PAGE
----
Medicaid’s raise for primary care docs to disappear

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Twenty-dollar bill in a pill bottleBy Michael Ollove
Stateline

A temporary bump in Medicaid fees paid to primary care doctors, an Affordable Care Act provision intended to get more physicians to accept Medicaid patients, will expire at the end of this month.

Congress did not extend the higher rates, so unless states take action themselves or the new Congress revisits the issue, primary care doctors in Medicaid will see their fees fall by an average of nearly 43 percent starting in January, according to a new report from the Urban Institute.

Unless action is taken primary care doctors in Medicaid will see their fees fall by an average of nearly 43 percent starting in January.

Whether the expiration of the fee increase will make a difference in physician participation in Medicaid is unknown. That is because there hasn’t been enough time to analyze whether the hike actually convinced primary care doctors to take Medicaid patients.

“It’s expiring before it’s been evaluated,” said Sandra Decker, a researcher at the National Center for Health Statistics, an arm of the Centers for Disease Control and Prevention.

Decker, who has published widely on the Medicaid physician workforce, said she will analyze the impact of the fee increase, but doubts her results will be complete before the end of next year.

Still, she noted, past evidence indicates that Medicaid pay increases spur participation by physicians. She predicted that the lower fees will make it harder for Medicaid patients to find doctors willing to see them or that they will have to endure long waits to see doctors who accept Medicaid patients.

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Too little, too late for many New Yorkers seeking hospice

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By Fred Mogul, WNYC

Sandra Lopez and her Chihuahua, Coco, were inseparable. He followed her everywhere, and kept Lopez’s mood up when she was in pain – which was often.

On Oct. 15, Lopez, died at age 49 of pancreatic and vaginal cancer that had slowly spread throughout her body over two years. She left behind a 15-year-old daughter and little Coco. But with hospice care, she spent her last weeks where she wanted to be — at home, with her pain under control.

Sandra was in and out of the hospital in 2014, but for the months she was home, a hospice nurse from Metropolitan Jewish Health System visited once a week to help manage the pain, backed up by a 24-hour, nurse-staffed phone line that Lopez called often.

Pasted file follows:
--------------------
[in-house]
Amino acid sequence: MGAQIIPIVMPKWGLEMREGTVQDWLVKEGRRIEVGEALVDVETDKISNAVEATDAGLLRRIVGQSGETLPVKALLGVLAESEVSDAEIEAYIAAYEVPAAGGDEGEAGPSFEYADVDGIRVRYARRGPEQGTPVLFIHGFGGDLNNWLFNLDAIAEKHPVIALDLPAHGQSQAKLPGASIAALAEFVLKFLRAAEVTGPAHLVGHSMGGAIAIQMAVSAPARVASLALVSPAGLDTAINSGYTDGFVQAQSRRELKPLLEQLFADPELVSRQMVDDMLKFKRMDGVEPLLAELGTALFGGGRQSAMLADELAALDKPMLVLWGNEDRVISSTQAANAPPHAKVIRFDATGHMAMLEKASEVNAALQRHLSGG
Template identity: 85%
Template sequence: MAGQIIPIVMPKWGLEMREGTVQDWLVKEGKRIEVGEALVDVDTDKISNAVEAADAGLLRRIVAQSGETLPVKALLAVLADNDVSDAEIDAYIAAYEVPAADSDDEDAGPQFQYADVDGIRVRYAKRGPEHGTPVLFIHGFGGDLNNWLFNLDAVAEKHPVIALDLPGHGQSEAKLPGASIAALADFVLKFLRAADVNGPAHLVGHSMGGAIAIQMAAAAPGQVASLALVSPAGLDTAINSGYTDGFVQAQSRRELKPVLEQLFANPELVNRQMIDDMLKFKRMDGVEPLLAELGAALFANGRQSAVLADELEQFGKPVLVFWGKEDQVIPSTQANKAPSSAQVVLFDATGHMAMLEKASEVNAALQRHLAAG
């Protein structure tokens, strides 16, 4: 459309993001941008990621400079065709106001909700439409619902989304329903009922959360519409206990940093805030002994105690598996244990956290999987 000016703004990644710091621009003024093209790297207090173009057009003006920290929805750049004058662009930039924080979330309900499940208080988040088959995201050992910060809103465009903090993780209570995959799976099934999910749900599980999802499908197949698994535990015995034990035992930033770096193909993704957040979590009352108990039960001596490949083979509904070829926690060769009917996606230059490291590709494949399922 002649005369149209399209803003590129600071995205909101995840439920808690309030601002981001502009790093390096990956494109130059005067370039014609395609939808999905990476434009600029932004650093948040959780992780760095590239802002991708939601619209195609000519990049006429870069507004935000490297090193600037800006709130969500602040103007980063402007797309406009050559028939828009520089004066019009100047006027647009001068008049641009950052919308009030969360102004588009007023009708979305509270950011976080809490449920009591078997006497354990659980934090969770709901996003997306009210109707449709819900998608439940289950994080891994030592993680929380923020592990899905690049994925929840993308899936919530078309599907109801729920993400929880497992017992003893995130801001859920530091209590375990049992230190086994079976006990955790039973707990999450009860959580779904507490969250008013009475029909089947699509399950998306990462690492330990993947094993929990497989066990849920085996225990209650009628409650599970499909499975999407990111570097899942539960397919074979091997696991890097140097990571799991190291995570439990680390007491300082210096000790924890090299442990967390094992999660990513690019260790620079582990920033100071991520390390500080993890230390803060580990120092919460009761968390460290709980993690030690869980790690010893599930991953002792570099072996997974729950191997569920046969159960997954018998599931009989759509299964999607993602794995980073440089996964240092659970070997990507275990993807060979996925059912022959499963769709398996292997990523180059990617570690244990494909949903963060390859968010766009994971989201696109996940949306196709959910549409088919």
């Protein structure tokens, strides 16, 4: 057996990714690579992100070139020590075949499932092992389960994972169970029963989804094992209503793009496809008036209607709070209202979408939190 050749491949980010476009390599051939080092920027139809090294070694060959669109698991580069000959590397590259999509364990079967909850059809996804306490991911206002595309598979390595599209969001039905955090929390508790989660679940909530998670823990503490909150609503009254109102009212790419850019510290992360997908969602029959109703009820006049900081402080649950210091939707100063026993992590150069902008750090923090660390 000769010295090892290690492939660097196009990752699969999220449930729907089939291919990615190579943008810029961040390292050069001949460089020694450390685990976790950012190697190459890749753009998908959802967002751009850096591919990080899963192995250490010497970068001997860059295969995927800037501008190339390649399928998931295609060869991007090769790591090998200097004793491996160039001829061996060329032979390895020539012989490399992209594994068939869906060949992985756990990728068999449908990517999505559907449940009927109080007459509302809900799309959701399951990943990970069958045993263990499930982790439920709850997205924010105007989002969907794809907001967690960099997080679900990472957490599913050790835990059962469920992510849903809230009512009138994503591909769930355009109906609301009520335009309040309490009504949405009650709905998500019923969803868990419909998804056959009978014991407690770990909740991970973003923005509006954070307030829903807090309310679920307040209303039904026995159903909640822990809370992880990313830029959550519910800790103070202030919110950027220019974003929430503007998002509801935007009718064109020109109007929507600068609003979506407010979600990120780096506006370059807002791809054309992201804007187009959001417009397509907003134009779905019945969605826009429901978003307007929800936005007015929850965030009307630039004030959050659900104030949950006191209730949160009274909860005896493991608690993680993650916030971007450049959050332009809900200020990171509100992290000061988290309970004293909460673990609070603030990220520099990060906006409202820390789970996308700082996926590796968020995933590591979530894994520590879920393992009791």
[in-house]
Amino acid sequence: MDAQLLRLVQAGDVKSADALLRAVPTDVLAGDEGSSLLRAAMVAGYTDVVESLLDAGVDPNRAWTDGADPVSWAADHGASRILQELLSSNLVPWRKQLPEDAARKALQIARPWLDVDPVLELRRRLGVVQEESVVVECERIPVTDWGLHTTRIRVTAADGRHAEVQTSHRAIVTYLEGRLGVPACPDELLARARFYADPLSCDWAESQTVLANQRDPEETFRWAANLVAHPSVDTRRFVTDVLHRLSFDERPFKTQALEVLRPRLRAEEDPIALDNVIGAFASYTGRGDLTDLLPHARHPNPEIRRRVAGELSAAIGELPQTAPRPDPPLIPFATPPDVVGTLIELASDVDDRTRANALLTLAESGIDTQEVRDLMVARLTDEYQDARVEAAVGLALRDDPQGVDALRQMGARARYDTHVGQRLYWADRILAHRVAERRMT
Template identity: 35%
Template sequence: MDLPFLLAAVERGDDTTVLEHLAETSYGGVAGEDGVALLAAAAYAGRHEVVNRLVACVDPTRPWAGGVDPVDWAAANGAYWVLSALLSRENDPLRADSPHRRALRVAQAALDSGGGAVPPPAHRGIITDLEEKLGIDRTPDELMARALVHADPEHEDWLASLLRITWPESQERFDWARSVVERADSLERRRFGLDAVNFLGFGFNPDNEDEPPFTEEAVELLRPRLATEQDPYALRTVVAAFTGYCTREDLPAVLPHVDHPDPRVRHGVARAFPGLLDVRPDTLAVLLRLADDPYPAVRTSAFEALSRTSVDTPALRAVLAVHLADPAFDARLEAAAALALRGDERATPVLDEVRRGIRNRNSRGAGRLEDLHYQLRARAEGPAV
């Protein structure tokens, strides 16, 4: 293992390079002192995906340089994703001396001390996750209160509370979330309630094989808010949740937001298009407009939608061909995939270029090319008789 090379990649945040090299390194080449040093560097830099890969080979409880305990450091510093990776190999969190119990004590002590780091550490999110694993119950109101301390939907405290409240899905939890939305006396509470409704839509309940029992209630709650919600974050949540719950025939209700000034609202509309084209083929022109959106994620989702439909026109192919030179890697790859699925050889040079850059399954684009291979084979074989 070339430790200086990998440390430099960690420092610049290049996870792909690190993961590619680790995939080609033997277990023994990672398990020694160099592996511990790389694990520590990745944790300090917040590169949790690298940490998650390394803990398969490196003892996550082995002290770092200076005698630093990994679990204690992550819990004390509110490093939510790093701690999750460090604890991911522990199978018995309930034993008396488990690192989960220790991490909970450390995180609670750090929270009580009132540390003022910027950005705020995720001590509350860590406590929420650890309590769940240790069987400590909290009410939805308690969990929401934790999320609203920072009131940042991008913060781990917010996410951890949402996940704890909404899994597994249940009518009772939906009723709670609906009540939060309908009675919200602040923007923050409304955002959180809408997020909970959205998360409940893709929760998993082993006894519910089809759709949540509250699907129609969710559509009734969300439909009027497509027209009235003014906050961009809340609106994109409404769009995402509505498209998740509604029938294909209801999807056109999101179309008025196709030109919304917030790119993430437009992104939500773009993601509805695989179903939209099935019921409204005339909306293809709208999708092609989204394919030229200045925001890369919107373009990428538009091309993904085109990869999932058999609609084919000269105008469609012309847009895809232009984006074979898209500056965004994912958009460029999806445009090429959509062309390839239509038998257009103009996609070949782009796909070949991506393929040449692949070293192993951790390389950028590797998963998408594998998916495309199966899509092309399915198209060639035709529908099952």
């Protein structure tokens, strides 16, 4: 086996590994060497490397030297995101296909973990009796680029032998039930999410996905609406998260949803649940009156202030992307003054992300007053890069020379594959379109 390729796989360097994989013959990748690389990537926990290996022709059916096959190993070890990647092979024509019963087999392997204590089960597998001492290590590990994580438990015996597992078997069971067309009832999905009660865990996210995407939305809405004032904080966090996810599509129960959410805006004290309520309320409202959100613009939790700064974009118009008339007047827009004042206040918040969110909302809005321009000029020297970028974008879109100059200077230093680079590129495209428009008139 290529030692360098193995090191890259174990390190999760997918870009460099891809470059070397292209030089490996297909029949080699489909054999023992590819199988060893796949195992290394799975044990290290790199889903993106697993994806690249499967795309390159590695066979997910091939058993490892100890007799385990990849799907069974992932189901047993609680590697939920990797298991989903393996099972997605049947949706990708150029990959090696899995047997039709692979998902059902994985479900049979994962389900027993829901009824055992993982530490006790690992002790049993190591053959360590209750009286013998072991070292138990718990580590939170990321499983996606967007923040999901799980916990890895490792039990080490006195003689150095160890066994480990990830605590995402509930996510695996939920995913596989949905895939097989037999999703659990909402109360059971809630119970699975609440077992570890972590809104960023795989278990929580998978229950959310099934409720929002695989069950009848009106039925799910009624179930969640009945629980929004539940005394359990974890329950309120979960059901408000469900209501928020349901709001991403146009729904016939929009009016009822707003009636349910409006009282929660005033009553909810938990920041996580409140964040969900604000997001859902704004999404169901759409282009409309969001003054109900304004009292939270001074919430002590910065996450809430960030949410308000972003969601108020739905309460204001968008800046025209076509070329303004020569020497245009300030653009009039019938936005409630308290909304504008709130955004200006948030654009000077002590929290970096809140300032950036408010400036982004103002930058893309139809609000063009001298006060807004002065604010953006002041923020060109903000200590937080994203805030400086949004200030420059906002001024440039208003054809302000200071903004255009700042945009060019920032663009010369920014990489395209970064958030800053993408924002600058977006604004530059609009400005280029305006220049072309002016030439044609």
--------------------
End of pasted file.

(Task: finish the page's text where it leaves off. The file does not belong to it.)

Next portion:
“Some days the pain is so excruciating,” she told me in August from the couch in her Brooklyn apartment, “that the pain overrides the medication.”

But despite evidence that hospices can greatly relieve discomfort, extend life and save money, and despite a generous hospice benefit available through both Medicare and Medicaid, relatively few people in New York take advantage of it, compared to elsewhere in the country.

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Public easily swayed by arguments for and against employer mandate, poll

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Yes-No-MaybeBy Julie Rovner
KHN

Just days before the requirement for most large employers to provide health insurance takes effect, a new poll finds the public easily swayed over arguments for and against the policy.

Six in 10 respondents to the monthly tracking poll from the Kaiser Family Foundation (Kaiser Health News is an editorially independent program of the foundation) said they generally favor the requirement that firms with more than 100 workers pay a fine if they do not offer workers coverage.

But minimal follow-up information can have a major effect on their viewpoint, the poll found.

kaiser poll

For example, when people who support the “employer mandate” were told that employers might respond to the requirement by moving workers from full-time to part time, support dropped from 60 percent to 27 percent.

And when people who disapprove of the policy were told that most large employers will not be affected because they already provide insurance, support surged to 76 percent.

Opinion also remains malleable about the requirement for most people to have health insurance – the so-called “individual mandate.”

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Health news headlines – December 18th

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Global health – December 18th

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Globe floating in air

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DON’T PANIC: The world might not be as bad as you might believe!

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Don’t Panic – is a one-hour long documentary produced by Wingspan Productions and broadcasted on BBC on the 7th of November 2013.

The visualizations are based on original graphics and stories by Gapminder and the underlaying data-sources are listed here. Hans presents some results from our UK Ignorance Survey described here.

 

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Vera Whole Health to run employee clinic for City of Kirkland

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Screen Shot 2014-12-17 at 12.35.36 PMVera Whole Health has signed an agreement with the City of Kirkland to offer primary, preventive and acute care to City of Kirkland employees at a new worksite clinic.

The Seattle-based company offers on-site and near-site health clinics for organizations. Employers pay monthly fee for their employees to receive unlimited primary care, acute care and health coaching.

The company staffs the clinics with physicians, nurse practitioners, medical assistants and health coaches. The goal of the employer-funded clinics is to help employees develop and maintain healthy lifestyles, reversing the trend of rising overall health care costs, the company says.

In the Puget Sound region, the company maintains clinics for Seattle Children’s Hospital, the Bill & Melinda Gates Foundation, Trident Seafoods in Ballard and a Seattle-based investment company.